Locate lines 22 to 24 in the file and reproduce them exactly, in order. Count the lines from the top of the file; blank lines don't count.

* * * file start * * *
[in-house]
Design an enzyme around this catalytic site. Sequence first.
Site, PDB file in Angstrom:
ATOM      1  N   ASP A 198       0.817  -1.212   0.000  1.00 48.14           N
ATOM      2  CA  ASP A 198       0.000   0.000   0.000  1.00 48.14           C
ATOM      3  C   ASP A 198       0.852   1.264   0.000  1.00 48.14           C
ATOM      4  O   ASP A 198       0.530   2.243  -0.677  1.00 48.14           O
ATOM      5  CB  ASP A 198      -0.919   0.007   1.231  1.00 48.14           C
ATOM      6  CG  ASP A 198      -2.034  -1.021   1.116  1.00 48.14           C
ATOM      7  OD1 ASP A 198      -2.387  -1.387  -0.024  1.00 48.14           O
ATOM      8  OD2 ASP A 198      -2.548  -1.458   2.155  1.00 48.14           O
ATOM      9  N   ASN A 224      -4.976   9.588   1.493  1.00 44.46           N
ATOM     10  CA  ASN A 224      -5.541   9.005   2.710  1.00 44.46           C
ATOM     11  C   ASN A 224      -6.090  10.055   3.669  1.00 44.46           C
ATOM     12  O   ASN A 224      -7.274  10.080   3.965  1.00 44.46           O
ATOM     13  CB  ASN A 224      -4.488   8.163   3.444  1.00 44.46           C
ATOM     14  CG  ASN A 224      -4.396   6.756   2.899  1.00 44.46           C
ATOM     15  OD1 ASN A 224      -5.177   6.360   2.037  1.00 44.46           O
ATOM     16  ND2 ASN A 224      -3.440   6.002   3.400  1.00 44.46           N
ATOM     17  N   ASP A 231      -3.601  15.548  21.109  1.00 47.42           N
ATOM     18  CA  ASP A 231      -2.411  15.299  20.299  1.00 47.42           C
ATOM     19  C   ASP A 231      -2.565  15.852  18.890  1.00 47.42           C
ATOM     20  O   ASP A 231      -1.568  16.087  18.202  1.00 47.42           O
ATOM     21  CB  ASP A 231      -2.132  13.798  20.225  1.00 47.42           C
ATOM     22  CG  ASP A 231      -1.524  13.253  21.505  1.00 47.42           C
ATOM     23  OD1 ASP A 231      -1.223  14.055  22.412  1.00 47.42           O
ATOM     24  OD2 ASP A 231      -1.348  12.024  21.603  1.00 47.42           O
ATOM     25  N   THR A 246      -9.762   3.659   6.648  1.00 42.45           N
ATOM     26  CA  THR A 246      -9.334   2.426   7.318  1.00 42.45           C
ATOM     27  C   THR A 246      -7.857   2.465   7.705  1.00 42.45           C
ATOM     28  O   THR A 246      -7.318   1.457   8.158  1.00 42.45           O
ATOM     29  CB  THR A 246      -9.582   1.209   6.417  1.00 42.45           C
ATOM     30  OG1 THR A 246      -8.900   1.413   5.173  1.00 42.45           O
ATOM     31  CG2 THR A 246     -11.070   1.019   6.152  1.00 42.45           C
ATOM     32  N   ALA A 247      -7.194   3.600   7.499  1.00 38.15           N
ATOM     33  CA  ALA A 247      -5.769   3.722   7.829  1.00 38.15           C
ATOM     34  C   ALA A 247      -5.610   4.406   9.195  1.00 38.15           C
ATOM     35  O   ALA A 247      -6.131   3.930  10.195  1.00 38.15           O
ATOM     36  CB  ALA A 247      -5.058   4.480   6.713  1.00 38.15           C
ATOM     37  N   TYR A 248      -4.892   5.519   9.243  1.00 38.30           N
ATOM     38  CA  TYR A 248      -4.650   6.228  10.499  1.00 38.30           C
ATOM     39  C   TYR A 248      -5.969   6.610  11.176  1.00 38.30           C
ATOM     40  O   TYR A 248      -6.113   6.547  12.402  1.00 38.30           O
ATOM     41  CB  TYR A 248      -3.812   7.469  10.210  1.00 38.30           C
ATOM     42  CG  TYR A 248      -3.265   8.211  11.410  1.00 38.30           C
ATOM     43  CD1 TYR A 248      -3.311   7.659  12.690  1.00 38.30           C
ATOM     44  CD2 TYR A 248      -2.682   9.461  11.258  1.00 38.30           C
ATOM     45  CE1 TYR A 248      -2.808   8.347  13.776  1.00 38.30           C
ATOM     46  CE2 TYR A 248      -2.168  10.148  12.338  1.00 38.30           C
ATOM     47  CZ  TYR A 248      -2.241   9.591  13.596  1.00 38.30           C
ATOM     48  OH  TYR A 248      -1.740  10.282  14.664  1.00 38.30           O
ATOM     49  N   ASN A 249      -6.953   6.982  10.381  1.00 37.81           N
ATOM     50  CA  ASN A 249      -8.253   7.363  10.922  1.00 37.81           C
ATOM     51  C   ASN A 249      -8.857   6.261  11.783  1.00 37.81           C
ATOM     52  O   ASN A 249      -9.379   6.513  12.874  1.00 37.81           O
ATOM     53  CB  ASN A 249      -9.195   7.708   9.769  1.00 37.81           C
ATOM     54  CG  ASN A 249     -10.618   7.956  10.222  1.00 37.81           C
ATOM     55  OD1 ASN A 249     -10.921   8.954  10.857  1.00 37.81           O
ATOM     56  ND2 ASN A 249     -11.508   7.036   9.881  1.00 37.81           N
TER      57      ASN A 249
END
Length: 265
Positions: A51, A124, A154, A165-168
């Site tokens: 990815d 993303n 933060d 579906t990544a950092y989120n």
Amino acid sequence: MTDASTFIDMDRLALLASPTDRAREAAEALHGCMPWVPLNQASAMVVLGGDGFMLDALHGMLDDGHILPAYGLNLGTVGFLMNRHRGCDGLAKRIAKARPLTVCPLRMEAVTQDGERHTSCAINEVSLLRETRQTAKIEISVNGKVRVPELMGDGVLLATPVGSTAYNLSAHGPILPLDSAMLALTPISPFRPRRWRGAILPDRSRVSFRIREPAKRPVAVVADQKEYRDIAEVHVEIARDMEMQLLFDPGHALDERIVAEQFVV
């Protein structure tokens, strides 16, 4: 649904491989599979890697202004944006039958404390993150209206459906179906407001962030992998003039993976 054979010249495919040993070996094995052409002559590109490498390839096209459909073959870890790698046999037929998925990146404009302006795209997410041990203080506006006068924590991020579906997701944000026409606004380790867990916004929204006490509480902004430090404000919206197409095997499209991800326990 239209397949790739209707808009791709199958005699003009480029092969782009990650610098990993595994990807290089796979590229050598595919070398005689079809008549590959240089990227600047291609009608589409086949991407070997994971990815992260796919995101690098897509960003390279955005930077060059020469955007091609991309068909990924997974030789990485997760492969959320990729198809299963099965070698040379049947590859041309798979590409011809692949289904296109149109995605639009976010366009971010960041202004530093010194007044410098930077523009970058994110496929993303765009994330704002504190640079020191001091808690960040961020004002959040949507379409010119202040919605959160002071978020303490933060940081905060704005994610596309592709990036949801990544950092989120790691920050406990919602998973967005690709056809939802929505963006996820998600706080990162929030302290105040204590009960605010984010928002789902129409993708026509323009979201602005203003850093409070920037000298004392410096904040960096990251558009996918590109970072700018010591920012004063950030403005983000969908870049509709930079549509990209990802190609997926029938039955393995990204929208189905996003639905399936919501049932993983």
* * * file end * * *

ATOM     19  C   ASP A 231      -2.565  15.852  18.890  1.00 47.42           C
ATOM     20  O   ASP A 231      -1.568  16.087  18.202  1.00 47.42           O
ATOM     21  CB  ASP A 231      -2.132  13.798  20.225  1.00 47.42           C